• Place 1/2 cup dried elderberries in a heat-proof bowl, such as a stainless steel mixing bowl or Pyrex dish.
  • Carefully pour 3/4 cup boiling water over the dried elderberries.
  • Hold for a minimum of 15 minutes for water to be absorbed. Thirty to 45 minutes is better.
  • Let stand until berries are tender, close to normal fresh berry size, and much of the water is reabsorbed. All of the water will not be absorbed by the berries and this will be your “juice”.

Berry and Juice Yield from Rehydrated Dried Elderberries

How many cups of berries will you get from rehydrating elderberries? How much juice will one half cup of rehydrated elderberries yield?

You will find only a slight difference between rehydrating elderberries with the cold soak method and rehydrating elderberries with the hot soak method. The yield is slightly better with the cold soak method, but the difference is really negligible.

As the pictures show, your yield of berries versus elderberry juice will be:

  • 1 (scant) cup plumped elderberries
  • 2/3 (brimming) cup dark elderberry juice

This yield is similar to what you would get from thawing a cup of fresh-frozen elderberries and so it would be fair to say that this conversion would be appropriate for use in recipes calling for one cup of fresh elderberries.

Using Rehydrated Elderberries and Juice

To use the rehydrated elderberries in recipes calling for fresh berries, simply strain the juice from the berries and use the rehydrated berries in place of fresh. The juice can be used in elderberry syrup recipes or jam recipes by measure.

If you are looking to yield more juice for a recipe and do not need the plumped berries, mash and strain the elderberries to release more juice. If you are just straining the berries without mashing them, reserve them for use in another recipe (maybe make some elderberry muffins!). Store in the refrigerator but use within a few days.

What is the Best Way to Rehydrate Elderberries?

Is one method better for rehydrating elderberries? Should you use the hot soak method or the cold?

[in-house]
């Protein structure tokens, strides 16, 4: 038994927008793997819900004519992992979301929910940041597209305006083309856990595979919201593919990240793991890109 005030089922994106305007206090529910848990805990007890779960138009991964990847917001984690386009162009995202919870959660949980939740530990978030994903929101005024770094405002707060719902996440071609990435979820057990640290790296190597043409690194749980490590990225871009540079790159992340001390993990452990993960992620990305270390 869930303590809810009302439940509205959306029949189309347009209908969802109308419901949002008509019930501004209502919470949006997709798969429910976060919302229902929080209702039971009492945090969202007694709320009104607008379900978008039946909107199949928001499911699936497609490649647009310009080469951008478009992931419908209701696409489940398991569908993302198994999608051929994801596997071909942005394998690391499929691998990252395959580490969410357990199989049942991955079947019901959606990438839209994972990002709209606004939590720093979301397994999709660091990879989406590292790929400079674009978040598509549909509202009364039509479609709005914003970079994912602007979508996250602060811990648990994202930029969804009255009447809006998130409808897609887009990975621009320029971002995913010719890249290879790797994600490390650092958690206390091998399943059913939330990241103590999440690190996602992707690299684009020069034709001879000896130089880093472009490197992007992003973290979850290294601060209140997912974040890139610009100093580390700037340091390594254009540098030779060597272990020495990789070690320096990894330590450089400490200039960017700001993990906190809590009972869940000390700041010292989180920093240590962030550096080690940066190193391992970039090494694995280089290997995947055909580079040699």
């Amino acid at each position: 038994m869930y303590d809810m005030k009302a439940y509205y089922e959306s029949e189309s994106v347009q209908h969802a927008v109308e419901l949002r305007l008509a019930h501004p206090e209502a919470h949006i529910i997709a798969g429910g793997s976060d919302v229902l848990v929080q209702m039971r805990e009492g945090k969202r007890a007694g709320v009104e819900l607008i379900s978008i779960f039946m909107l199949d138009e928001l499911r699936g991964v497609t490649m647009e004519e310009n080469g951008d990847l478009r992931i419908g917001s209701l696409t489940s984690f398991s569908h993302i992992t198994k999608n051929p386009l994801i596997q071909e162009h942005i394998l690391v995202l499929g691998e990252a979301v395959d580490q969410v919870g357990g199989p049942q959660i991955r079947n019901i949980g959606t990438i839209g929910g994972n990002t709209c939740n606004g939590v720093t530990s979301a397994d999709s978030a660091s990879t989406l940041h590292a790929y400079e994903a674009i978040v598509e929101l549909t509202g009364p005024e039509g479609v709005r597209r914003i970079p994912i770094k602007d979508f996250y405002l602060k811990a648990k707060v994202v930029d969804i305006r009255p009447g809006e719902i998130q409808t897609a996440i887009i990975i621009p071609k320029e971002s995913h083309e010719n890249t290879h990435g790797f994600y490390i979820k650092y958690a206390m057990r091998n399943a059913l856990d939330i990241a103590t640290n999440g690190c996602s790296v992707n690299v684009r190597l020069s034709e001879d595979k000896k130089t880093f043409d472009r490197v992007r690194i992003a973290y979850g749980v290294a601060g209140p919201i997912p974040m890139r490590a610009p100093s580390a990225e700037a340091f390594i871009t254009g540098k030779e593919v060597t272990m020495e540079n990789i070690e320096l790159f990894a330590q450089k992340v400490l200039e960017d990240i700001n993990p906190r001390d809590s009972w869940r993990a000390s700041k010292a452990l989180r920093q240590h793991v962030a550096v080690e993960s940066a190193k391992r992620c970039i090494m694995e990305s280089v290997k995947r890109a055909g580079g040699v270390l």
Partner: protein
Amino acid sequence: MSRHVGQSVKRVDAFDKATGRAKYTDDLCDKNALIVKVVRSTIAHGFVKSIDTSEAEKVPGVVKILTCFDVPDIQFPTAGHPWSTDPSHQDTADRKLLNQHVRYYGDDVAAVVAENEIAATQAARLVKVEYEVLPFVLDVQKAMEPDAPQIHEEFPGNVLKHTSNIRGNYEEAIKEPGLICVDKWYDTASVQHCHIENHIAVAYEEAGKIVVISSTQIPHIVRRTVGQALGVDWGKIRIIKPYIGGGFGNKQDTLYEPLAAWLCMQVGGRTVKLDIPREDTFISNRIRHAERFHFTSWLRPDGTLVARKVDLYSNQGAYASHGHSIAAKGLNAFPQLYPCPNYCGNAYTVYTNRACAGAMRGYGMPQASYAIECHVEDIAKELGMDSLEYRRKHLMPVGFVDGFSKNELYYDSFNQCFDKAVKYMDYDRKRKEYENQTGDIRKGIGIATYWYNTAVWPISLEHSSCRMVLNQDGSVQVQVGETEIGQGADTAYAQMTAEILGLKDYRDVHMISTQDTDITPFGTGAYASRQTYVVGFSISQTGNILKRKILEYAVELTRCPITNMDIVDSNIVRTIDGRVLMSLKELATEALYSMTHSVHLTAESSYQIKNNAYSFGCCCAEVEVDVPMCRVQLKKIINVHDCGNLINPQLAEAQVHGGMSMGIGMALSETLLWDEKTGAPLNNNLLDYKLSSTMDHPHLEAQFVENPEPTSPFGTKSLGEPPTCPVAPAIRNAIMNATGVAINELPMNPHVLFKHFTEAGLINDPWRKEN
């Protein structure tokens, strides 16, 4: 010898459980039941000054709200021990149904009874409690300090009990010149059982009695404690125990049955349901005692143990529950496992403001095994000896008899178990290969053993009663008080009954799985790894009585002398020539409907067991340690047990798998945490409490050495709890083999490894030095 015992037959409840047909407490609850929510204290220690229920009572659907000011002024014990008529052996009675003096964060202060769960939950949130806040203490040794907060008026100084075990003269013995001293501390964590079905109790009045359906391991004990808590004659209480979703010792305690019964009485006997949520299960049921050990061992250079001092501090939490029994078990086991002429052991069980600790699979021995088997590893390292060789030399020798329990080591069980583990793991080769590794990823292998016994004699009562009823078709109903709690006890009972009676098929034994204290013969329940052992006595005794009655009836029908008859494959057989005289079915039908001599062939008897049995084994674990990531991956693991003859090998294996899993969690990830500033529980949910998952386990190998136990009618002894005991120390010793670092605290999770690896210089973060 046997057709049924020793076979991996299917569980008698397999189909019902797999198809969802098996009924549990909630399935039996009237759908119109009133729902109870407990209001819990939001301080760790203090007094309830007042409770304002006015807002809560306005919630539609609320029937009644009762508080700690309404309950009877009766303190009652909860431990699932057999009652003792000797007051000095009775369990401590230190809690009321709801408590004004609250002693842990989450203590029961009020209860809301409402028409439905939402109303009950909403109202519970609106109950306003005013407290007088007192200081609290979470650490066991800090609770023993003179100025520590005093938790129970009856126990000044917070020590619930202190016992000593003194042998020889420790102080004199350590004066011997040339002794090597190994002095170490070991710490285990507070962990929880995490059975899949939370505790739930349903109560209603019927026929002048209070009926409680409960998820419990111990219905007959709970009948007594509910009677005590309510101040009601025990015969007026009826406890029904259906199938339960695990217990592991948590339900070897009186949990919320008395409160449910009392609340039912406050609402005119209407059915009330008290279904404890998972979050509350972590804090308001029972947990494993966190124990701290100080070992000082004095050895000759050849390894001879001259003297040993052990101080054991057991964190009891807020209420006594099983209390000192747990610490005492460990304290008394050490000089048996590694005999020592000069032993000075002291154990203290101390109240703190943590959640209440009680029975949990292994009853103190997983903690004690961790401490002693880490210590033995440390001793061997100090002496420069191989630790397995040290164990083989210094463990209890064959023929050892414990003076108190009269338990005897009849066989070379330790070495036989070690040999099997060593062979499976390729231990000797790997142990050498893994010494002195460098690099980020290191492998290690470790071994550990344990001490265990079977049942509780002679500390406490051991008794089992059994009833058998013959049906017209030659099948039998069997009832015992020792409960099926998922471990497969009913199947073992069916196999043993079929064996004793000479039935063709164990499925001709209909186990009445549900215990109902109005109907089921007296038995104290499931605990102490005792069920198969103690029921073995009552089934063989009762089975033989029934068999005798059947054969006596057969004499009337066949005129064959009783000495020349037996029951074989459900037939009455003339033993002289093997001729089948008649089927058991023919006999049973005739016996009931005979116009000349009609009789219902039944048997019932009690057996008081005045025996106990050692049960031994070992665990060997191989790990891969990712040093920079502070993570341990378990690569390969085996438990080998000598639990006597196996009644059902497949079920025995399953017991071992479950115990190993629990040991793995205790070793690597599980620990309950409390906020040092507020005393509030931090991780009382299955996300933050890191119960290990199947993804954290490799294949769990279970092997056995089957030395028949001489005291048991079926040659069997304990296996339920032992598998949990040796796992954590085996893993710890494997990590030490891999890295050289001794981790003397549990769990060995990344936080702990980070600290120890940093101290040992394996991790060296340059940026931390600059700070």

Soak dried elderberries for cooking.

As mentioned, the yield is not a lot different, so use whichever method fits best given your available time. If you have the time to plan ahead, though, the cold-soak method inches out the hot soak method and is preferable for a couple of reasons:

  • While the cold soak method is slower, it results in less nutrient and vitamin loss, and therefore preserves more of the natural goodness and nutrition of the elderberries.
  • The cold soak method results in slightly plumper berries, with slightly better water absorption.
  • It should be noted, and this is a very important point, that the heat-soak method with the boiling water essentially “cooks” or heat-treats the elderberries. It is not considered safe to consume raw elderberries. If you are not using the elderberries in a recipe that will be baked or cooked, then the heat-soak method is the way to go.
  • The potentially harmful compounds in elderberries are found in the bark, leaves, unripe berries, and seeds. Therefore, if you are removing all of the seeds and berries via straining anyway, it is not as important to cook or heat treat the berries.
  • Overall, if you have the time, go with the cold soak method, but keep these points in mind when choosing.

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Make Elderberry Jelly from Dried Elderberries!

Elderberries may be hitting the mainstream now for their promising antiviral benefits, but the truth is that a lot of us homesteading and country types have had a relationship with elderberries for a very long time. Elderberries were always a part of our late-summer preserving in my mother’s and my grandmother’s kitchens.

Blessed with Abundance…Smells Like Childhood

elderberries on stem